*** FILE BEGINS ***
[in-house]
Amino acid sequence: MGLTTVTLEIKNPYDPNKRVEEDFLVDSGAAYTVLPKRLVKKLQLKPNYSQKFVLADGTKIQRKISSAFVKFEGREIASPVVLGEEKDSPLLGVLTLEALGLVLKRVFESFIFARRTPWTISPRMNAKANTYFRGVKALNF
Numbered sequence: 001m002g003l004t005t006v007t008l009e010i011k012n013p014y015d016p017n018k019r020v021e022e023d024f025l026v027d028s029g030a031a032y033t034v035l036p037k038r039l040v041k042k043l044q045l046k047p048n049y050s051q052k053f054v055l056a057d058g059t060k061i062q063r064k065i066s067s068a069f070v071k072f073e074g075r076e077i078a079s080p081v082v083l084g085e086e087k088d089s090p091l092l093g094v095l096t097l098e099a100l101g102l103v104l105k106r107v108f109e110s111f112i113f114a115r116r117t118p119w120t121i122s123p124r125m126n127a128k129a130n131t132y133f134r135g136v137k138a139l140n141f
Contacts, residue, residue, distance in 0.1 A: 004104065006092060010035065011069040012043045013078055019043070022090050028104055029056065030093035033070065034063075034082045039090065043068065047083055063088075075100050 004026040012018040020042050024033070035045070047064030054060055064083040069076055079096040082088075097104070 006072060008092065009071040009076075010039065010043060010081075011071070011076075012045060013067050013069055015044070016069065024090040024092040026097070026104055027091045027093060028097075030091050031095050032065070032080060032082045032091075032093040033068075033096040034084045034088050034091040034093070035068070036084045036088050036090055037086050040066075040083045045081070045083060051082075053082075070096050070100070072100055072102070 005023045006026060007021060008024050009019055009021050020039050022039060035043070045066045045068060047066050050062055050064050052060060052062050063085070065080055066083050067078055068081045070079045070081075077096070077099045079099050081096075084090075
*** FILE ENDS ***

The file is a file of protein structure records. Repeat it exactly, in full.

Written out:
[in-house]
Amino acid sequence: MGLTTVTLEIKNPYDPNKRVEEDFLVDSGAAYTVLPKRLVKKLQLKPNYSQKFVLADGTKIQRKISSAFVKFEGREIASPVVLGEEKDSPLLGVLTLEALGLVLKRVFESFIFARRTPWTISPRMNAKANTYFRGVKALNF
Numbered sequence: 001m002g003l004t005t006v007t008l009e010i011k012n013p014y015d016p017n018k019r020v021e022e023d024f025l026v027d028s029g030a031a032y033t034v035l036p037k038r039l040v041k042k043l044q045l046k047p048n049y050s051q052k053f054v055l056a057d058g059t060k061i062q063r064k065i066s067s068a069f070v071k072f073e074g075r076e077i078a079s080p081v082v083l084g085e086e087k088d089s090p091l092l093g094v095l096t097l098e099a100l101g102l103v104l105k106r107v108f109e110s111f112i113f114a115r116r117t118p119w120t121i122s123p124r125m126n127a128k129a130n131t132y133f134r135g136v137k138a139l140n141f
Contacts, residue, residue, distance in 0.1 A: 004104065006092060010035065011069040012043045013078055019043070022090050028104055029056065030093035033070065034063075034082045039090065043068065047083055063088075075100050 004026040012018040020042050024033070035045070047064030054060055064083040069076055079096040082088075097104070 006072060008092065009071040009076075010039065010043060010081075011071070011076075012045060013067050013069055015044070016069065024090040024092040026097070026104055027091045027093060028097075030091050031095050032065070032080060032082045032091075032093040033068075033096040034084045034088050034091040034093070035068070036084045036088050036090055037086050040066075040083045045081070045083060051082075053082075070096050070100070072100055072102070 005023045006026060007021060008024050009019055009021050020039050022039060035043070045066045045068060047066050050062055050064050052060060052062050063085070065080055066083050067078055068081045070079045070081075077096070077099045079099050081096075084090075